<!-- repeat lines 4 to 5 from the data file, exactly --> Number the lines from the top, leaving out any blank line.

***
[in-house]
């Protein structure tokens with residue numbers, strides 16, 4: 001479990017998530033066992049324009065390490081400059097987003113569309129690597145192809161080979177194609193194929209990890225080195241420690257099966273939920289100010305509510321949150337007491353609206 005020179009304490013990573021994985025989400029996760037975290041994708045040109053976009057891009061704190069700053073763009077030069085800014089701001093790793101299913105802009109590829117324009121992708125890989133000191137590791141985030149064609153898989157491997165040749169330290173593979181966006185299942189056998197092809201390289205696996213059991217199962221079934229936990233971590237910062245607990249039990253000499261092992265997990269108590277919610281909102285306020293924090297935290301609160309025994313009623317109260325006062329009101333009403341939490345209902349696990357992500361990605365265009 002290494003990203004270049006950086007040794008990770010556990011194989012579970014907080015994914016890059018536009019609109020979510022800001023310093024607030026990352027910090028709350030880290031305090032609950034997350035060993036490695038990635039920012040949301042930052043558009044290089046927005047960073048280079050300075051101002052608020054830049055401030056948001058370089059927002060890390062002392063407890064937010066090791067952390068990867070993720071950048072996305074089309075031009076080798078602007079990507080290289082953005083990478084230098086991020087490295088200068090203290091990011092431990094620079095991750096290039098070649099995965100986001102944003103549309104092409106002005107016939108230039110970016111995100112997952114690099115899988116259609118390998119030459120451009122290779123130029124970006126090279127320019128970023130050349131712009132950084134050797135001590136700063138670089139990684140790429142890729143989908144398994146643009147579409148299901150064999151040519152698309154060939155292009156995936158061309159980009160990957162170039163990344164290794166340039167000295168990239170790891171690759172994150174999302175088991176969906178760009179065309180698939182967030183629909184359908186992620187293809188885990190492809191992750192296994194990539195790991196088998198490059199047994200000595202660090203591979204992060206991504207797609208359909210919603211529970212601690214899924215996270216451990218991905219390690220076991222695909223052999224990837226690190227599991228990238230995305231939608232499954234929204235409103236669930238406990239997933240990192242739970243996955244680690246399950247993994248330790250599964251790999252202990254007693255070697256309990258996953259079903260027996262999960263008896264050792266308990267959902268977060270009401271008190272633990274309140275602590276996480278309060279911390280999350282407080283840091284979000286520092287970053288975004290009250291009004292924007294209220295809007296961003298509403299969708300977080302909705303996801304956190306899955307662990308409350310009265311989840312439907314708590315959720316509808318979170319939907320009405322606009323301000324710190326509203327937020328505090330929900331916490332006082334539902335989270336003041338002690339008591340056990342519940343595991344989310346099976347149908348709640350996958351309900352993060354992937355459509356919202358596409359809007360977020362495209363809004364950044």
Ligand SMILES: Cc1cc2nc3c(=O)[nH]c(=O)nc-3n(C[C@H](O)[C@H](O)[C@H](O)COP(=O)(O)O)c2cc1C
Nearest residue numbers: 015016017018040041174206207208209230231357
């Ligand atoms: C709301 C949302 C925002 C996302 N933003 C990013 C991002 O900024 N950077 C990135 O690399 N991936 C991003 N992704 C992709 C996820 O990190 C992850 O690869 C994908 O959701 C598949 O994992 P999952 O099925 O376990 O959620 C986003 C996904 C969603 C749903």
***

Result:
Nearest residue numbers: 015016017018040041174206207208209230231357
């Ligand atoms: C709301 C949302 C925002 C996302 N933003 C990013 C991002 O900024 N950077 C990135 O690399 N991936 C991003 N992704 C992709 C996820 O990190 C992850 O690869 C994908 O959701 C598949 O994992 P999952 O099925 O376990 O959620 C986003 C996904 C969603 C749903």